Troubles continue to mount for the Reverend Al Sharpton, both personally and for his civil rights organization.
The Internal Revenue Service filed in late September a tax lien against Sharpton in the amount of $538, 652 with the New York City Register’s Office relating to taxes assessed in 2009.
Sharpton’s attorney, Michael Hardy, said he was confused by the filing of the lien because Sharpton was granted an extension to file his 2009 tax return by October 15, according to The Detroit News. Hardy told reporters that the amount of the lien was based on estimated assessed income.
“It’s kind of odd,” Hardy said. “I totally don't understand why they would file a lien on taxes that are technically not due yet. He is going to file his 2009 taxes and pay in full, whatever it may be.”
There was no mention of whether Sharpton had attempted to pay any of the tax that would have been due by the April 15, 2010, deadline.
A personal tax burden of more than a half a million dollars is enough to give any taxpayer a headache. But that’s not Sharpton’s only tax woe. His civil rights organization, the National Action Network (NAN) is in far deeper trouble. An internal audit of the agency’s 2008 books turned up a debt of more than $1.3 million in back taxes and penalties, according to the New York Post.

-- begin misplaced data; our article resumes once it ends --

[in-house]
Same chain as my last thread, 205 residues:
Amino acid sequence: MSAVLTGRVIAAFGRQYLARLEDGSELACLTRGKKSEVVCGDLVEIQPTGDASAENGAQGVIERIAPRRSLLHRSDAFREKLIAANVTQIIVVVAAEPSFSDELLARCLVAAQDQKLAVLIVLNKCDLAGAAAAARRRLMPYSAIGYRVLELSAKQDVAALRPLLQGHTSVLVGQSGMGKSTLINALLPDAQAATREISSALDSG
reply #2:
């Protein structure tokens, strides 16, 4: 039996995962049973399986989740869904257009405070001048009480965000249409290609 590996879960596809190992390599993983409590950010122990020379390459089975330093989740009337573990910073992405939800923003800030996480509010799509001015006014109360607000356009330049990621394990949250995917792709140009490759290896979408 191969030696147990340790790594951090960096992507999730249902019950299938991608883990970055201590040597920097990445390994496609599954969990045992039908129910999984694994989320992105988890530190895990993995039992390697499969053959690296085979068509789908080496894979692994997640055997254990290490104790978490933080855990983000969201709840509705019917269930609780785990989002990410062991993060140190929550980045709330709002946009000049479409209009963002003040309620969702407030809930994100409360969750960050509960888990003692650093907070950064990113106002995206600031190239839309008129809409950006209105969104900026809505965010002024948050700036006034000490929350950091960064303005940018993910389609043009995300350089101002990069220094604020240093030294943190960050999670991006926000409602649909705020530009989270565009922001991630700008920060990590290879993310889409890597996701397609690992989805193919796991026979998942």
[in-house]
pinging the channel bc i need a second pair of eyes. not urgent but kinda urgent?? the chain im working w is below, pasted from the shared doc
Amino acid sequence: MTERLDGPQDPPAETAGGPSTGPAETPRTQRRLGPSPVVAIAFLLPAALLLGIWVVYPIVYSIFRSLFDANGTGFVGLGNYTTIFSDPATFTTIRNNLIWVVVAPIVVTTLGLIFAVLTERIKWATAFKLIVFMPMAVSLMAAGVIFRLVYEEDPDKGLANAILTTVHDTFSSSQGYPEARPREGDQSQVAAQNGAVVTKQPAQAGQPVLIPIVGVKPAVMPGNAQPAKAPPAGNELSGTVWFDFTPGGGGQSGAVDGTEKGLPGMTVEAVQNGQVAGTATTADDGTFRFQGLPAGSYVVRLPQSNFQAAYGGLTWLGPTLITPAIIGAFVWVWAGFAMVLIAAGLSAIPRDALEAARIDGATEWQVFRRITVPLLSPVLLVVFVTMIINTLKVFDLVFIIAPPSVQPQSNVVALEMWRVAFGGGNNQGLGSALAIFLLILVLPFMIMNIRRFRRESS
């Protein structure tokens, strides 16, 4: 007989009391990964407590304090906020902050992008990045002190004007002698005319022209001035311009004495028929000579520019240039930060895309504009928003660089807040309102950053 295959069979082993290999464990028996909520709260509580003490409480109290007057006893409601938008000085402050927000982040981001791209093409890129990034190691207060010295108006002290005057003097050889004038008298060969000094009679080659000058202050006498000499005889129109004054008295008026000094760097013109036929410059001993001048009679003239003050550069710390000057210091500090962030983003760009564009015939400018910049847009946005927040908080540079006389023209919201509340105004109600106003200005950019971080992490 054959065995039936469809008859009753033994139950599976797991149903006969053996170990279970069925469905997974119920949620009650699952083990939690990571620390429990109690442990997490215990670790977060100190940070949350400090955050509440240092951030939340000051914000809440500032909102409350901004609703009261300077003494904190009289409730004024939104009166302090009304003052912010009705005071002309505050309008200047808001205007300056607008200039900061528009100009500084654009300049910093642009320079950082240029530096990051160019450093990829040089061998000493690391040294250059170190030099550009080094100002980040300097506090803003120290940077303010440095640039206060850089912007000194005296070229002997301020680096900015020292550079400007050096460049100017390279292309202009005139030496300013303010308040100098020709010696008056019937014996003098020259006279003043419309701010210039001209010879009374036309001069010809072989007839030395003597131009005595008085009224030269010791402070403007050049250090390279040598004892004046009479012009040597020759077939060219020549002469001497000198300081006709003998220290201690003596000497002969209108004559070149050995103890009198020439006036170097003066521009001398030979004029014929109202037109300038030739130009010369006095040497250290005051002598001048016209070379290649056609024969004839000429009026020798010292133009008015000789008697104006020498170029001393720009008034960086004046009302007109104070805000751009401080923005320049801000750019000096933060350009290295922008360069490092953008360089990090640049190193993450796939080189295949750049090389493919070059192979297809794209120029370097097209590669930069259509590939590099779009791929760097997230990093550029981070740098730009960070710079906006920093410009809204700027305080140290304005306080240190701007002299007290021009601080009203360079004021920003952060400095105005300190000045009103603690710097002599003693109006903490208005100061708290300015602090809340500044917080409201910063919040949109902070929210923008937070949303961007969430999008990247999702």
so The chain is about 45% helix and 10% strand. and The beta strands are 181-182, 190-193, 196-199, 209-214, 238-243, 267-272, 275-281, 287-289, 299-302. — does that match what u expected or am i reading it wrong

NAN hired Manhattan-based accounting firm KBL to conduct the audit last April.
"The organization has suffered recurring decreases in net assets – and has been dependent upon advances from related parties and the nonpayment of payroll tax obligations – to maintain continuity," the audit stated. "These circumstances create substantial doubt about the organization's ability to continue." Auditors added that it was difficult to reach a definite conclusion "because of inadequacies in the organization's accounting records."
NAN spokeswoman, Rachael Noerdlinger told Post reporters: "We determined not to file bankruptcy but to make NAN solvent, which we clearly have done and will be reflected in [upcoming reports]. By the end of the calendar year 2010, there will be no tax liabilities as per our agreement in '08 with tax authorities."
This is just the latest controversy involving Sharpton and NAN. In 2008, NAN was the subject of a criminal investigation concerning its finances. The probe was dropped when Sharpton agreed to pay overdue taxes of more than $2 million.
In April 2009, the Federal Election Commission fined NAN $285,000 for violations committed during Sharpton’s 2004 presidential campaign, according to the National Legal Policy Center. The violations included transferring NAN money to his campaign account. In 2004, the FEC forced the campaign to return $100,000 in federal matching funds, and to forgo an additional $79,709 for which he qualified.
The KBL audit conducted this year indicated that NAN is a currently a defendant in five lawsuits, which include:
- The historic Peabody Hotel in Memphis, where the annual NAN convention was held in 2008, is suing for a $70,000 unpaid tab. NAN is challenging the suit.
- A Madison Avenue travel agency, Alpha International Travel, filed a lawsuit in 2003 for an unpaid tab of $50,000. NAN claims it has settled the case.
- The landlord of the Arizona chapter of NAN in Phoenix accuses the group of skipping out on rent. NAN disputes the claim.